No. of Recommendations: 5
DH bought a whole life insurance (WLI) policy before we met, over 25 years ago. This policy yields sufficient dividends that it pays the premiums and also increases the cash value. Current dividend yield is about 4%.

We do not have any children and I don't need the cash value of the policy should DH die. (Hopefully DH will not predecease me because I like having him around).

On the other hand, it is possible that one or both of us will someday need long-term care insurance (LTCI). Last week, we set up LTCI which will be funded by the WLI policy in a tax-exempt exchange. We will pay the WLI premiums out of pocket and the LTCI premiums will be paid by the WLI, whose cash value will gradually decrease. The LTCI premiums generated by the WLI policy are about twice our out-of-pocket payment of the WLI policy.

This kind of WLI to LTCI exchange is now being encouraged by several states.

Covering the Rising Cost of Long-Term Care

New York Times: May 14, 2013

FEW sticker shocks are as bracing as the price of hiring someone to help with the simplest activities — bathing, toilet use, dressing, eating and moving. Whether recovering from surgery or a stroke or suffering a chronic illness like arthritis, those needing skilled help need deep pockets indeed....

State lawmakers are also pushing insurance companies to make clear to policyholders that they can sell a life insurance policy to pay for long-term care. State Representative Robert R. Damron, Democrat of Kentucky, is spearheading the battle through the National Conference of Insurance Legislators.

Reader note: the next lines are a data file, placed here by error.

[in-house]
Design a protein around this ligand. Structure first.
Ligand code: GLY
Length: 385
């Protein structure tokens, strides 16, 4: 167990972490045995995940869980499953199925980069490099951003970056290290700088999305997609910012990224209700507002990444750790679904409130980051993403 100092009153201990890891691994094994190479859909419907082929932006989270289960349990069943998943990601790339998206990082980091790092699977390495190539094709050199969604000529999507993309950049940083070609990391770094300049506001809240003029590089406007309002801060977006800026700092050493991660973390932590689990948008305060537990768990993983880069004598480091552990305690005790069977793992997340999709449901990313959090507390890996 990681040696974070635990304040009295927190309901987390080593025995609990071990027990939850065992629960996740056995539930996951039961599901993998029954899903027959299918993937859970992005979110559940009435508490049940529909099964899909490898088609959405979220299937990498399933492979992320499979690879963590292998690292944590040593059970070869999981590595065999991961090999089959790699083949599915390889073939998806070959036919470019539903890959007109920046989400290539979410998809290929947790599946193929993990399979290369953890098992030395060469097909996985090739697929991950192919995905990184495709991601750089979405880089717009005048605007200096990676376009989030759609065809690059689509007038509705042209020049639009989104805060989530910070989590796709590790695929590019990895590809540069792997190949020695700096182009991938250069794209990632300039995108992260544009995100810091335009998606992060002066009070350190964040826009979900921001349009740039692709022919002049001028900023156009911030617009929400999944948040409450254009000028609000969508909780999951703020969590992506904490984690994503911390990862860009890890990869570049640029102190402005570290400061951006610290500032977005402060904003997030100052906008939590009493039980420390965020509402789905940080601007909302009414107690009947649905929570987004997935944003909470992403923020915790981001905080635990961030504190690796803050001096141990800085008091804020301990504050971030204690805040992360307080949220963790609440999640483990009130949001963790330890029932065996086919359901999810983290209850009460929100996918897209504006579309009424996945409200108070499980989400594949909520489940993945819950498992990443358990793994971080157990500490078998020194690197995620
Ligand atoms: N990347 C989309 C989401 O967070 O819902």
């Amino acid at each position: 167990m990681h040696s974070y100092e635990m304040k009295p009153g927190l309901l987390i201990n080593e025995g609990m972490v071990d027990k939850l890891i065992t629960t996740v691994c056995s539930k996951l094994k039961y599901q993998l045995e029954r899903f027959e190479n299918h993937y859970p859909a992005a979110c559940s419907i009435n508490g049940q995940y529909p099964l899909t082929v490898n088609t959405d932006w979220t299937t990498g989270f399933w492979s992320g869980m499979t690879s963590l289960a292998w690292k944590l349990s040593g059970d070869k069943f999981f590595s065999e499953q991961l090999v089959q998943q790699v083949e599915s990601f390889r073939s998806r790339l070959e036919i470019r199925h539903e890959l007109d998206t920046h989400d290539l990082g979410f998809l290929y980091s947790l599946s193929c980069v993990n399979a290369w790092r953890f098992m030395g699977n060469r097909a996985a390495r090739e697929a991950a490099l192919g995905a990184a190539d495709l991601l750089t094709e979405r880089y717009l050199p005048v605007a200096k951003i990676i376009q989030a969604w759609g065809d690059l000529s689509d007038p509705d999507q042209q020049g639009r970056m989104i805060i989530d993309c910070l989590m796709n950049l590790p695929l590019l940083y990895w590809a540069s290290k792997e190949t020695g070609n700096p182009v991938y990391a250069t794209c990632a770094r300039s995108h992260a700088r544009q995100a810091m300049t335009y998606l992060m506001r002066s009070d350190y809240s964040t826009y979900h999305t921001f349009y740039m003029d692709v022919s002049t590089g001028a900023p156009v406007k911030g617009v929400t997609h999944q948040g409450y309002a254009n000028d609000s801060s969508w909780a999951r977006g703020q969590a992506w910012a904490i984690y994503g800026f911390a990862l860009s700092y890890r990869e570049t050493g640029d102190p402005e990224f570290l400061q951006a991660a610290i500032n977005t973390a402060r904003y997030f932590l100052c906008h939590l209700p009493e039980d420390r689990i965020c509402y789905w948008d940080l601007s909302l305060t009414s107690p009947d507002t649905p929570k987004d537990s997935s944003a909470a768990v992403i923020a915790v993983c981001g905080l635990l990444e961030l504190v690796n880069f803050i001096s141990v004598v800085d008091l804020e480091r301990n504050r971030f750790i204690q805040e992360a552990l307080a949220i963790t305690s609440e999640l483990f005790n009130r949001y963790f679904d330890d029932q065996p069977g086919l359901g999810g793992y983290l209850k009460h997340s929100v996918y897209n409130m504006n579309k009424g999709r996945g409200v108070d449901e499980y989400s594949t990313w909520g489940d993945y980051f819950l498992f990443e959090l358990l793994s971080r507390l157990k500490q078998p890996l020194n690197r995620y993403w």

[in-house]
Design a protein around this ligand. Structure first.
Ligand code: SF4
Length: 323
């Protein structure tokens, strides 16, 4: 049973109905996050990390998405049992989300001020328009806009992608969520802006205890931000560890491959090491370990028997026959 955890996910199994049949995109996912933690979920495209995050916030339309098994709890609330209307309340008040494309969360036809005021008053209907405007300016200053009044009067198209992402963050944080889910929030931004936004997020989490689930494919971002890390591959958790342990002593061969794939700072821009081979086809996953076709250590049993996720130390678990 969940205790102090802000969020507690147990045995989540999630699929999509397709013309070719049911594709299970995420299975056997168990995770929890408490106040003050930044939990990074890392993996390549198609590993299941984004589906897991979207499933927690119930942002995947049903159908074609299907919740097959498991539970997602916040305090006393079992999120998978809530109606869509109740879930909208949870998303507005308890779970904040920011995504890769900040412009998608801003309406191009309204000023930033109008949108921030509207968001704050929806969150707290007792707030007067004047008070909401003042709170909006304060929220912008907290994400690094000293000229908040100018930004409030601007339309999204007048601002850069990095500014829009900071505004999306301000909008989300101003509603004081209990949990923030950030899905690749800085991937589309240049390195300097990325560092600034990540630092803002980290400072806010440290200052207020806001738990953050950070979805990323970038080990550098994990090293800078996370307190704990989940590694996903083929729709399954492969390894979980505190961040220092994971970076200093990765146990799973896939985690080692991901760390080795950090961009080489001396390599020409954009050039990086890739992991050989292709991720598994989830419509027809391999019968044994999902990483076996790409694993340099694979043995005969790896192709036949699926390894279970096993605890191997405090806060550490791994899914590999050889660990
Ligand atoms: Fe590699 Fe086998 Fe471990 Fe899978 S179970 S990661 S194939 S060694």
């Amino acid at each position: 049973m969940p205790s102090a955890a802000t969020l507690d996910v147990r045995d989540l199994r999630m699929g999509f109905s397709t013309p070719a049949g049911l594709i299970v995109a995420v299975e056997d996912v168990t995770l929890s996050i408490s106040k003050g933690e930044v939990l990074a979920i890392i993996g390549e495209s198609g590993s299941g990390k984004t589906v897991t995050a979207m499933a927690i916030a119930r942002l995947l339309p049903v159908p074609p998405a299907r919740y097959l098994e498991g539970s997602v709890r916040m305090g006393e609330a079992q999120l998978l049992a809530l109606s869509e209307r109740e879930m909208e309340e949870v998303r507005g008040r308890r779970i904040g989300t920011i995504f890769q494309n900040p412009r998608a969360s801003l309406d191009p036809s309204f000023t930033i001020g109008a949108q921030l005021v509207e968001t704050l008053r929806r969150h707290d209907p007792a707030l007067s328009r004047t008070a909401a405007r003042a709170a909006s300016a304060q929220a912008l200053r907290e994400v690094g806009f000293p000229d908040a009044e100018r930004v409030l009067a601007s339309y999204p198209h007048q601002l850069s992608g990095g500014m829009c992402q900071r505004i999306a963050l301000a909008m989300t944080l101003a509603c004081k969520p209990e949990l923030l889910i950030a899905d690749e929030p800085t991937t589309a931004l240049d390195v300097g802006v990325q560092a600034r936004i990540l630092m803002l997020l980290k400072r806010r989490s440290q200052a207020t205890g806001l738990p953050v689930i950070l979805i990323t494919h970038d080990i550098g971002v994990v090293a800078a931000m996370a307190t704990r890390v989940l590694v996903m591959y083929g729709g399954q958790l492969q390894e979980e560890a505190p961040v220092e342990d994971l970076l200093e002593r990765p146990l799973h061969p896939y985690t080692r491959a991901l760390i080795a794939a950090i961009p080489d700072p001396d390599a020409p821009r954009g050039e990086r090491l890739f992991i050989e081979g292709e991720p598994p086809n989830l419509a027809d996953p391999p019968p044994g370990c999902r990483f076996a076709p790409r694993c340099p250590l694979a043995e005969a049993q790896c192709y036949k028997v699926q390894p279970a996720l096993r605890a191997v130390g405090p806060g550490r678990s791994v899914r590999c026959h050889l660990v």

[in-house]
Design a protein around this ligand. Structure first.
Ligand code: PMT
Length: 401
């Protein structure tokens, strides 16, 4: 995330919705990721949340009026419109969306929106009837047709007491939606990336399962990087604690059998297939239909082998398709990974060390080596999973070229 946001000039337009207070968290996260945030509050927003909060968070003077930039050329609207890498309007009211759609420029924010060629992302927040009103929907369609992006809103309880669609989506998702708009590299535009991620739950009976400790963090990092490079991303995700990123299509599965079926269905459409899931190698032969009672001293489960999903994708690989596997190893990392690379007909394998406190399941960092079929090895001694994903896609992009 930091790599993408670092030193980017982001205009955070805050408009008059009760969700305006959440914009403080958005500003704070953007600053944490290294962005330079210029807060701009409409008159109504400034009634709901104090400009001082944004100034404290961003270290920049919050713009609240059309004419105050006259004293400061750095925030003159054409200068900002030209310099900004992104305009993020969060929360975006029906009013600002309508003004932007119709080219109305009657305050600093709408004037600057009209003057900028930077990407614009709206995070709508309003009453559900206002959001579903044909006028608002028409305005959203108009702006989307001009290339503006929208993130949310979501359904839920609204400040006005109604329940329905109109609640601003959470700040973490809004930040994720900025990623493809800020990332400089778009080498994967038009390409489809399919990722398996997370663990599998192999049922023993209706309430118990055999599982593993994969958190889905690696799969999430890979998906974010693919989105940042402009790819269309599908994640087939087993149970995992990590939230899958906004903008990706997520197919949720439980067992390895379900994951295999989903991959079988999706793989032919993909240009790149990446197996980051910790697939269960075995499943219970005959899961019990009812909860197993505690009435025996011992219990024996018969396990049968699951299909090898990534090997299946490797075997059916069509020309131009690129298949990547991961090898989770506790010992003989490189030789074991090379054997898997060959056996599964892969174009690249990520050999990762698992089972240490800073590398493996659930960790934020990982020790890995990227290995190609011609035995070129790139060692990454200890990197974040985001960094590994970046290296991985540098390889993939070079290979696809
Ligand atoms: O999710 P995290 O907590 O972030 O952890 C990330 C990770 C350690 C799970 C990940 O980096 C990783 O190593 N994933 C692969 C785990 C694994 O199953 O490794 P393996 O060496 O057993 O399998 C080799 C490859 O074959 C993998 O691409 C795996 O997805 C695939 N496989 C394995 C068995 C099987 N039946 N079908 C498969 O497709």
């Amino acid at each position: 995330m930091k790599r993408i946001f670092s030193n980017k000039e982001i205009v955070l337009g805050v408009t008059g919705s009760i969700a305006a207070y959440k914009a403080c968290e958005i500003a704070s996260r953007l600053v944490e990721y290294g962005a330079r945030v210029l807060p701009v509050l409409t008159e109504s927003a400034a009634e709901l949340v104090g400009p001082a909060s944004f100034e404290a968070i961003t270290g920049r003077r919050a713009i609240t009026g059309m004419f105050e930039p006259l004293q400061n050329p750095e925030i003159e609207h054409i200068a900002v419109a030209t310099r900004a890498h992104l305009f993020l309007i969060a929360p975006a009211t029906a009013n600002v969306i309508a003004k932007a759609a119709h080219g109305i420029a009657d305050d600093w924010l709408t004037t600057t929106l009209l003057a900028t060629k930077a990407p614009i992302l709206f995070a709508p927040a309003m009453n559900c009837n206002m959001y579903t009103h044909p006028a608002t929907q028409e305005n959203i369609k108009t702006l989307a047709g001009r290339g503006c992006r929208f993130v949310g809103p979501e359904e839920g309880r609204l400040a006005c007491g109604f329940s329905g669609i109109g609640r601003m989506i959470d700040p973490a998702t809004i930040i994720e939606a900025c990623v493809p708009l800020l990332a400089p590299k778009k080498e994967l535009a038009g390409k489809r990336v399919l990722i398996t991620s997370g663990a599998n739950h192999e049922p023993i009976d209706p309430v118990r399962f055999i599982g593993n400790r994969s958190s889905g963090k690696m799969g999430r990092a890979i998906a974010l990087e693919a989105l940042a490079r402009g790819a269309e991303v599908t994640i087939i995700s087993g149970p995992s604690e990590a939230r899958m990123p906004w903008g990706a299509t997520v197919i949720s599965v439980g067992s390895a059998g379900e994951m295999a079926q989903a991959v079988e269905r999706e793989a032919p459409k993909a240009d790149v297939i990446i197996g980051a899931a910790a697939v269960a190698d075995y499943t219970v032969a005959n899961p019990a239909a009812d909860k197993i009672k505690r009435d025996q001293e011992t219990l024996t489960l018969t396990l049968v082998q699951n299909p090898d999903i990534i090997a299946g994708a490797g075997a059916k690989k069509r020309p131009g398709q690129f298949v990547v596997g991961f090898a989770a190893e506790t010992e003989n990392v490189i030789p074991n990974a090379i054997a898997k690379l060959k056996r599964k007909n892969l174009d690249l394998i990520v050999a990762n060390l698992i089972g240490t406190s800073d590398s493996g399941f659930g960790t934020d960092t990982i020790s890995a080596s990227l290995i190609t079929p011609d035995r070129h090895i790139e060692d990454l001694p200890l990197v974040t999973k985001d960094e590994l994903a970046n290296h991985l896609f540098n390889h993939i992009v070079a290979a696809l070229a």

Only seven or eight states have a statute requiring insurers to notify policyholders, or their heirs, that they have unclaimed property, policies whose face value can be worth thousands of dollars. “I’ve settled three estates in my family, so I’ve been through this personally,” Mr. Damron said. “I was never sure if they had policies or what they were worth. People put them away, or lose them.”

Some insurance companies also allow life insurance holders to convert the value of a policy to a long-term care policy, but this varies by carrier. Mr. Damron said he had personally chosen to buy only life insurance and cash in its value later, if necessary. ...
[end quote]

The deal that DH and I are doing pays $1500 per year out of pocket into the WLI policy, which has a cash value of about $50K. The WLI then pays $3000 per year into the LTCI policy, partly from dividends and partly from cash value, which will provide LTCI up to $250K each = $500K, usable for home or institutional long-term care.

Like all insurance, I hope that we will never collect on this because LTCI only kicks in if the situation is dire. In my opinion, $1500 per year is a reasonable price to pay for additional peace of mind. By buying insurance at a fairly young age (I am 59, DH is 61), the annual cost is relatively low. This arrangement multiplies the value of the WLI policy by 10.

Paul Eckler has written that he does not believe LTCI is worthwhile because only 1/3 of the people who buy it actually use it. Of course, spreading the risk is the principle of all insurance. If everyone collected, there could be no insurance. We all carry fire insurance (even if we don't have a mortgage), even though the incidence of fire is < 1/3.

The question is always one of risk-benefit and the value of peace of mind.

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